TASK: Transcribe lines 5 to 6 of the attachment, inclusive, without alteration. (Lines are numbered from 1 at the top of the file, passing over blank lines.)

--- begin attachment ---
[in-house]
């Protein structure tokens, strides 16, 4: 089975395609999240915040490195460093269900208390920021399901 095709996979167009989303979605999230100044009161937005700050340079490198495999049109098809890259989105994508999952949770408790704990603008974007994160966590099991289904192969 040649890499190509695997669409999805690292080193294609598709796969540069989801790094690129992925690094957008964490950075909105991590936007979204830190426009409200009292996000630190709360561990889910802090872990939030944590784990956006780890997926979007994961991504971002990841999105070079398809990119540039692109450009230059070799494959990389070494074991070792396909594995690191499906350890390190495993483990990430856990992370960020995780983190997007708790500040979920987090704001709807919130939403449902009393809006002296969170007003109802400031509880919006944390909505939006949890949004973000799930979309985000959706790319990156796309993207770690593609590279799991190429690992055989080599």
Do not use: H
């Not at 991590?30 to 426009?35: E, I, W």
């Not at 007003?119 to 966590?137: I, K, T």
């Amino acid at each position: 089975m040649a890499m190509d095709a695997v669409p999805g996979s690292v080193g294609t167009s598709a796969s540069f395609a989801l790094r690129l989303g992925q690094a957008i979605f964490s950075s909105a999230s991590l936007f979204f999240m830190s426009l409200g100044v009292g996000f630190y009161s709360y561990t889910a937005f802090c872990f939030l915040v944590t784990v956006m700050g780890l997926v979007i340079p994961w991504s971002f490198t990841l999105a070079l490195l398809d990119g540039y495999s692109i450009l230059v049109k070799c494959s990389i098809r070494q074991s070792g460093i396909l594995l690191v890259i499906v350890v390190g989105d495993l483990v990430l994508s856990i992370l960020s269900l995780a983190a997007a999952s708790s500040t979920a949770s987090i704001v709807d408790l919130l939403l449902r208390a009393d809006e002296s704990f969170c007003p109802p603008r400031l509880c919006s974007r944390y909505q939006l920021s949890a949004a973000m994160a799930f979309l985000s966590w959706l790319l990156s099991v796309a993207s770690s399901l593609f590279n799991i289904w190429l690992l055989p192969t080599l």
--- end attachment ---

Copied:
């Not at 007003?119 to 966590?137: I, K, T």
């Amino acid at each position: 089975m040649a890499m190509d095709a695997v669409p999805g996979s690292v080193g294609t167009s598709a796969s540069f395609a989801l790094r690129l989303g992925q690094a957008i979605f964490s950075s909105a999230s991590l936007f979204f999240m830190s426009l409200g100044v009292g996000f630190y009161s709360y561990t889910a937005f802090c872990f939030l915040v944590t784990v956006m700050g780890l997926v979007i340079p994961w991504s971002f490198t990841l999105a070079l490195l398809d990119g540039y495999s692109i450009l230059v049109k070799c494959s990389i098809r070494q074991s070792g460093i396909l594995l690191v890259i499906v350890v390190g989105d495993l483990v990430l994508s856990i992370l960020s269900l995780a983190a997007a999952s708790s500040t979920a949770s987090i704001v709807d408790l919130l939403l449902r208390a009393d809006e002296s704990f969170c007003p109802p603008r400031l509880c919006s974007r944390y909505q939006l920021s949890a949004a973000m994160a799930f979309l985000s966590w959706l790319l990156s099991v796309a993207s770690s399901l593609f590279n799991i289904w190429l690992l055989p192969t080599l």